Who’s fault is this? Why have our transit systems become transportation of last resort and the ultimate anathema to middle class whites? One might argue that the rise of the automobile simply made the disuse of transit inevitable, but there’s another explanation: a lack of public investment. Indeed, in cities such as Portland, New York, and Washington that have continued to invest in their transit networks, ridership on trains and buses is mixed in both race and income. That’s because of a consistent public sector effort to ensure quality service, something that cities like Montgomery have not pushed.

Why not? Why should Montgomery be fated to an underused, ill-performing transit service?

In a July 2005 article in the Journal of Urban History, “The Politics of Race and Public Space,” Kevin Kruse argues that the increasing lack of public investment since the 1960s in Atlanta was a result of desegregation – whites pulled out of participation in the civic sphere once they recognized that blacks would have to be incorporated:

“Accordingly, in Atlanta and other cities across America, as public spaces desegregated, whites abandoned them, effectively resegregating these spaces almost immediately. As this article demonstrates, the desegregation of urban public spaces brought about not actual racial integration but instead a new division in which the public world was abandoned to blacks and a new private one was created for whites…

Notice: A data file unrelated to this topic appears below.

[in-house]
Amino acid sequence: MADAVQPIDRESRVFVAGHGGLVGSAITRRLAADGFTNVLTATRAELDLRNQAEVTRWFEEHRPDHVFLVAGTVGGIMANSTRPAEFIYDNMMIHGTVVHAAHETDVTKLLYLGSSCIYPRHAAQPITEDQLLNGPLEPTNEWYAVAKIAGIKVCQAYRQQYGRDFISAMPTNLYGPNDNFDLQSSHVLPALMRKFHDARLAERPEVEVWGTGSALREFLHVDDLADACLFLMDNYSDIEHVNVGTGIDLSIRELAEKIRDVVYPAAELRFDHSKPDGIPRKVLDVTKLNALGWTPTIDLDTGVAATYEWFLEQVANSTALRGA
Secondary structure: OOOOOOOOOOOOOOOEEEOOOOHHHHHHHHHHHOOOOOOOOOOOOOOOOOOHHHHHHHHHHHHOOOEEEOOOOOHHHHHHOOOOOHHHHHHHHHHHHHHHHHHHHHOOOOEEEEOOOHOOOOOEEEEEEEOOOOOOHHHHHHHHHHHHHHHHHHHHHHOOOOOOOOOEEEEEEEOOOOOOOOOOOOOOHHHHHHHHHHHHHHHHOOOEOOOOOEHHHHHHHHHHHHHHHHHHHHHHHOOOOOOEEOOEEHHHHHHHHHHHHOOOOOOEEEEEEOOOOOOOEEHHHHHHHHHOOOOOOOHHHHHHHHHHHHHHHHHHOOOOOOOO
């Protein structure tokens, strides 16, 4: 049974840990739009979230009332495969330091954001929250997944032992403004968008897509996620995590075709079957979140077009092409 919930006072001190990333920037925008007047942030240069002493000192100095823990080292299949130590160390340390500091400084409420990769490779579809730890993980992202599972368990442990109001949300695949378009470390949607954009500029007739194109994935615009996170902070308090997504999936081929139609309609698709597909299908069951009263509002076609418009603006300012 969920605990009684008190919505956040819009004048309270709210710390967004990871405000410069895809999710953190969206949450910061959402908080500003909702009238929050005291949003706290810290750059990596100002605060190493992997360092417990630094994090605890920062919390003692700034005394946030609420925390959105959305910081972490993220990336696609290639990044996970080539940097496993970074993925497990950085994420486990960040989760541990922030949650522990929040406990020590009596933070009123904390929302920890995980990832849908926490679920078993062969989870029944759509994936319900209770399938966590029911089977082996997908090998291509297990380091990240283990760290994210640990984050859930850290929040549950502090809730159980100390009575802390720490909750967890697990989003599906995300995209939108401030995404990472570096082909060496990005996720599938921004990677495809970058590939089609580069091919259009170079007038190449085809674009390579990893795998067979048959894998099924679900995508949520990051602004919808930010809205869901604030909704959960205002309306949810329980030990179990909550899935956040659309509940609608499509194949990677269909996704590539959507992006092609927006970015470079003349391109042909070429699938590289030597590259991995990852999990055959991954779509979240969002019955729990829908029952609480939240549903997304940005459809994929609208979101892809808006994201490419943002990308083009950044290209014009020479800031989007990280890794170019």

“Thus, white flight from cities like Atlanta was not simply physical, as white residents abandoned the central city for lily-white suburbs. Their withdrawal first unfolded in a less literal sense, as they withdrew their support—political, social, and financial—from a city and a society that they believed had already abandoned them.”

These lessons from Atlanta probably apply equally to cities like Montgomery. The middle class sections of society – in other words, the whites – simply abandoned their involvement in the public sphere when blacks voiced their natural right to equal access. Their abandonment made the use of their tax dollars for the funding of municipal services seem “unfair,” since they never rode the bus or used the public swimming pools, for instance. The result? The rise of modern conservatism, routed in the South, which suggests that the government should simply cease to provide public services and rely instead on the private market. The consequence? Little interest in or funding for transit and other government-funded resources.

I don’t mean to suggest that all white people decided that the public sphere should simply be abandoned. Nor do I mean to suggest that no black people have been complicit in the systematic de-funding of municipal and governmental services. But the unintended consequence of desegregation, unfortunately, was resegregation – where whites in general simply choose not to participate and use their political and economic power to campaign against a government that invests in such services. What a shame.